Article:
(2) or, take the northbound Jubilee line to Westminster and connect for bus routes 87 or 88 from the Parliament Square bus stop on Whitehall.

to Tate Modern

to Tate Modern by train to Tate Modern by train

There are two optimal routes for making the transfer to Tate Modern from Waterloo station:
(1) It’s a lovely 12 – 20 min walk along the south bank of The Thames, head towards the front of the Festival Hall on the river bank.
(2) Take bus route 381 from stop V on York Road, exit from the far left of the concourse and use the footbridge to cross York Road; leave the bus at the Lavington Street stop.

to St Paul's

There are two optimal routes when heading to St Paul's cathedral from Waterloo:

(1) take bus route 76 from stop F on Waterloo Road which is to the left to the Jubilee line ticket hall.
take bus 76 from Waterloo to St Pauls
Leave the bus at the Ludgate Hill/Old Bailey stop.
Bus route 76 goes to St Paul's

(2) Or It is a lovely 15 – 25 min walk, head towards the Festival Hall, walk along the South Bank of the River, until you can cross the Millennium Bridge in front of Tate Modern.

To Kensington Palace

Kensington Palace by train Kensington Palace by train

The easiest option for a journey from Waterloo station to Kensington Palace is to take the northbound Jubilee line to Bond Street, and connect for the westbound Central line to Queensway station.

Though if your train to Waterloo calls at Wimbledon station you can transfer there to a District line train direct to Bayswater, the train will be heading to Edgware Road.

If your train calls at Richmond connect for the District line and then make the simple cross platform connection into a train to Bayswater at Earls Court.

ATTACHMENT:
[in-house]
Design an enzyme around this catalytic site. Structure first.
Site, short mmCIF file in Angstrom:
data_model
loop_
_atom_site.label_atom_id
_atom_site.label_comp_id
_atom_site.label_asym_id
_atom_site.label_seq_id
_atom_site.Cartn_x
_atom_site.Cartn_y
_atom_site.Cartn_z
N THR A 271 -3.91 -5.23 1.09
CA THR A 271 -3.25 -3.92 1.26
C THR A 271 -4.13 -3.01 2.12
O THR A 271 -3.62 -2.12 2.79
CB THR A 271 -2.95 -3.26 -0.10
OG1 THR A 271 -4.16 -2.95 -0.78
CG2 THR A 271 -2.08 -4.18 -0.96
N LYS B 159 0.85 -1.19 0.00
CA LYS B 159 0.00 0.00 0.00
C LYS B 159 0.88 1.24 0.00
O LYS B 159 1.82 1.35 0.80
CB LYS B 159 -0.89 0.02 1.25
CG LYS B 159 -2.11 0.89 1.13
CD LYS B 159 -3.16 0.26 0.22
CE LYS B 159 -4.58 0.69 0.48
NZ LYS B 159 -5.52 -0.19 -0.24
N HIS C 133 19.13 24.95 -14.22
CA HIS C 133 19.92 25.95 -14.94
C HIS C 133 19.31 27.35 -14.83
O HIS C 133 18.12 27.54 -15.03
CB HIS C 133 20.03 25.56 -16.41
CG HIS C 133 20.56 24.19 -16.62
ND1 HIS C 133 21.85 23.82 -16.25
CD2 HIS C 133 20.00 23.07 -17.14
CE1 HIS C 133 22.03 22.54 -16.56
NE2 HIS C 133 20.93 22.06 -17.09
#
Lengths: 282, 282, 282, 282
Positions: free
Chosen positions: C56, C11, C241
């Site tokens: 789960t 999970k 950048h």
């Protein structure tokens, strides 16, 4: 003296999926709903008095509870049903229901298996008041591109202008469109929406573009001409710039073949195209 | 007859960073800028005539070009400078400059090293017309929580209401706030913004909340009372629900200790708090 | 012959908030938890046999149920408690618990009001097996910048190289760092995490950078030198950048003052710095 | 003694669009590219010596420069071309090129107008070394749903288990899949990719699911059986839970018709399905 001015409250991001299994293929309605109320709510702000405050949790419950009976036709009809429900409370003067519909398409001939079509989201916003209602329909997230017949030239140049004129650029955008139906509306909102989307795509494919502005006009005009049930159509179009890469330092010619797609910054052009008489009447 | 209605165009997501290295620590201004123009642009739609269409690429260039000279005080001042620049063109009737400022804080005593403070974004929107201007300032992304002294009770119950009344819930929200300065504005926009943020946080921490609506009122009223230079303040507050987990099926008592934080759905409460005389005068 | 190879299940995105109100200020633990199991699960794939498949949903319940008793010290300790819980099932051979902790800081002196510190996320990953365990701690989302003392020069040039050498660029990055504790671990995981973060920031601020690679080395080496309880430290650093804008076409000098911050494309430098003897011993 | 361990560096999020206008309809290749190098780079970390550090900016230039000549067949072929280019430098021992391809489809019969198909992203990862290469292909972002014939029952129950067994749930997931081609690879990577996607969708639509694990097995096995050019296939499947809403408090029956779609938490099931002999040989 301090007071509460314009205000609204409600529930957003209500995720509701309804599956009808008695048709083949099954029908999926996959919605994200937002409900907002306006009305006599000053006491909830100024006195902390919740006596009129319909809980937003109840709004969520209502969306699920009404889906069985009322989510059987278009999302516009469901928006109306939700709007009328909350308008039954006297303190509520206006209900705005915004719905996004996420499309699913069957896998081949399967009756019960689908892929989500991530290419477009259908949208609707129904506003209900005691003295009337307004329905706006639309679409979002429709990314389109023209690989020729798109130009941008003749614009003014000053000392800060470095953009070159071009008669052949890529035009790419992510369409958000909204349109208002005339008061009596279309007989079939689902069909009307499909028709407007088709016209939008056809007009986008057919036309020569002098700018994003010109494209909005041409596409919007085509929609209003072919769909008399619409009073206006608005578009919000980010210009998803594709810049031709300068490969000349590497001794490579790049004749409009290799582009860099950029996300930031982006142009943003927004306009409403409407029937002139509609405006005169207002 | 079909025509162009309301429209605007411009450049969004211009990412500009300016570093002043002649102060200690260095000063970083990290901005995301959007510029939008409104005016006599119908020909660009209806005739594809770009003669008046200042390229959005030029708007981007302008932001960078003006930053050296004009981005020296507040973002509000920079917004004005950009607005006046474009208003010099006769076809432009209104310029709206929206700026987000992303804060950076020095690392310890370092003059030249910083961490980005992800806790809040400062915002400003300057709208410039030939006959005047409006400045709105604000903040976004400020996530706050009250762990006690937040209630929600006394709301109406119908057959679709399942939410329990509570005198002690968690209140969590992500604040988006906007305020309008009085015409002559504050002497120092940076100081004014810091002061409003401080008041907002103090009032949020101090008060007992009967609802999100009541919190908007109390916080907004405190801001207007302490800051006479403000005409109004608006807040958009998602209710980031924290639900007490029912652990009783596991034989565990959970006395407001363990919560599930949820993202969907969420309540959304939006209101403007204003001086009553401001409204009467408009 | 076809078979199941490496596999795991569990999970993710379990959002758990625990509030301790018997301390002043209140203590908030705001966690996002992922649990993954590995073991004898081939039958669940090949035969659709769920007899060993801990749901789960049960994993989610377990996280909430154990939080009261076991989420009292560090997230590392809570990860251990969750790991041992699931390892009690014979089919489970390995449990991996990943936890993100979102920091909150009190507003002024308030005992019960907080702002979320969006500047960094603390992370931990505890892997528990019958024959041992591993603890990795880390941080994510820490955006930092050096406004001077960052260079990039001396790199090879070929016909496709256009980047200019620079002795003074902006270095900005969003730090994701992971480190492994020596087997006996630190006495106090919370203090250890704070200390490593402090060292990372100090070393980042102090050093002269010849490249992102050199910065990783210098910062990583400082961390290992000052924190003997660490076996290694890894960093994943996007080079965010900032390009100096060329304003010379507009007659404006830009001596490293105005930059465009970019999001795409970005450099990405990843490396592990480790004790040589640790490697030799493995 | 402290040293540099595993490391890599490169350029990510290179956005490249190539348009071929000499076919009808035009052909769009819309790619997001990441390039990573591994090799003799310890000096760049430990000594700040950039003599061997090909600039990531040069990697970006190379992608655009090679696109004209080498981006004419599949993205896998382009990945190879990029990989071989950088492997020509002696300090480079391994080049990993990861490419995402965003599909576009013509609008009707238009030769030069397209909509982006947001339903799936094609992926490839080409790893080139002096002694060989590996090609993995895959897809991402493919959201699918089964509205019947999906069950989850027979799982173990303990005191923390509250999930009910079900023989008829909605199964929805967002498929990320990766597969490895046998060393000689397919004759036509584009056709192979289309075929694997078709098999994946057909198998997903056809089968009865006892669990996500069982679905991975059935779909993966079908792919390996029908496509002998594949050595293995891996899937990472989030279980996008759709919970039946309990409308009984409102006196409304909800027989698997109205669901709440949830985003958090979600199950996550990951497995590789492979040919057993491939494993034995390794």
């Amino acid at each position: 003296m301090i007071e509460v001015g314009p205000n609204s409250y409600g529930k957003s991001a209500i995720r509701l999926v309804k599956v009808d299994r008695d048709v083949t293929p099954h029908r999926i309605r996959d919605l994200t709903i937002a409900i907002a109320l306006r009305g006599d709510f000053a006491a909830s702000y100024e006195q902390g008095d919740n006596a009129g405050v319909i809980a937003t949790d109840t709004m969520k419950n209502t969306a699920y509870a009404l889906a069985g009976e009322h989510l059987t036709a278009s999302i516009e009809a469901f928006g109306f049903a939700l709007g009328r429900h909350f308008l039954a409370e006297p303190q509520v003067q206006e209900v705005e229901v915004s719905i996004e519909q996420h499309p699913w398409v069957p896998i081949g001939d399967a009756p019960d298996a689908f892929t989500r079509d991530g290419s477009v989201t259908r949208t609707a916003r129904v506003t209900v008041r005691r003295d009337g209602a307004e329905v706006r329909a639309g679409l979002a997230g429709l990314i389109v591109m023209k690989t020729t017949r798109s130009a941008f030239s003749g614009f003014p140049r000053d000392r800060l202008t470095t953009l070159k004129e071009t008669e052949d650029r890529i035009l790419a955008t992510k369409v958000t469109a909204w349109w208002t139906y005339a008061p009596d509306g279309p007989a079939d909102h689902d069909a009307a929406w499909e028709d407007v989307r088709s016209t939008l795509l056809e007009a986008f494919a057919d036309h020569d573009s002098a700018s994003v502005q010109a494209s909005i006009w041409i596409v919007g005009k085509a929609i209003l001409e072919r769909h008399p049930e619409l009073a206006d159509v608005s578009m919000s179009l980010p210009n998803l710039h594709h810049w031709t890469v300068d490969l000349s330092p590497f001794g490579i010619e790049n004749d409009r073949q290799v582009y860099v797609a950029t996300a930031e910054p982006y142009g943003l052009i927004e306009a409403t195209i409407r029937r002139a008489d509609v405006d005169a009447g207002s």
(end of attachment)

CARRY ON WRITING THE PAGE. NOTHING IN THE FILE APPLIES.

If you would rather avoid taking the Underground make a transfer at Clapham Junction into one of the very frequent trains from there to Victoria station and then take bus route 52 from there.

to Kew Gardens

Board any train to Richmond, the faster trains complete the journey in just 16 minutes.
In Richmond station a step-free transfer is available into a District line or Overground train for a one-station hop to Kew Gardens station.

Summary of how the ticketing works

All of the ticket gates at central London stations have 'readers' which enable contactless payment.

Regardless of whether you are resident in the UK, or are visiting, there are three methods of using Contactless:

  1. A payment app on a mobile device, including your bank's contactless payment app, or the likes of Google Pay, Apple Pay, or Samsung Pay.
  2. A debit / credit card as long as it has the contactless symbol
  3. An Oyster card (you touch in and out as you do when using Contactless).

Good to know about using Contactless

  • The system works by touching in and out.
  • When using bank cards, take care to use the same card when touching out at the end of a journey, as you did when touching in at the start.
  • You have to pay with Contactless on the regular red buses, you cannot pay with cash.
  • When travelling by the Underground or Elizabeth line, you can save 10 - 20p per journey by paying with a banking app / card instead of an Oyster card.
  • Making a Contactless payment is cheaper than buying a ticket from a station counter or machine - the price difference is usually at least 50%!

More info is available on the general London by train guide.

Using rail tickets to obtain 2-for-1 entry to visitor attractions:

National Rail, which has overall responsibility for how the trains are managed in Britain, has teamed up with a swathe of tourist attractions for a promotion which allows two entry tickets for the price of one when travelling to and from them by train.
How it typically works is:

  1. You can look for which attractions and guided tours are members of the scheme on the National Rail website.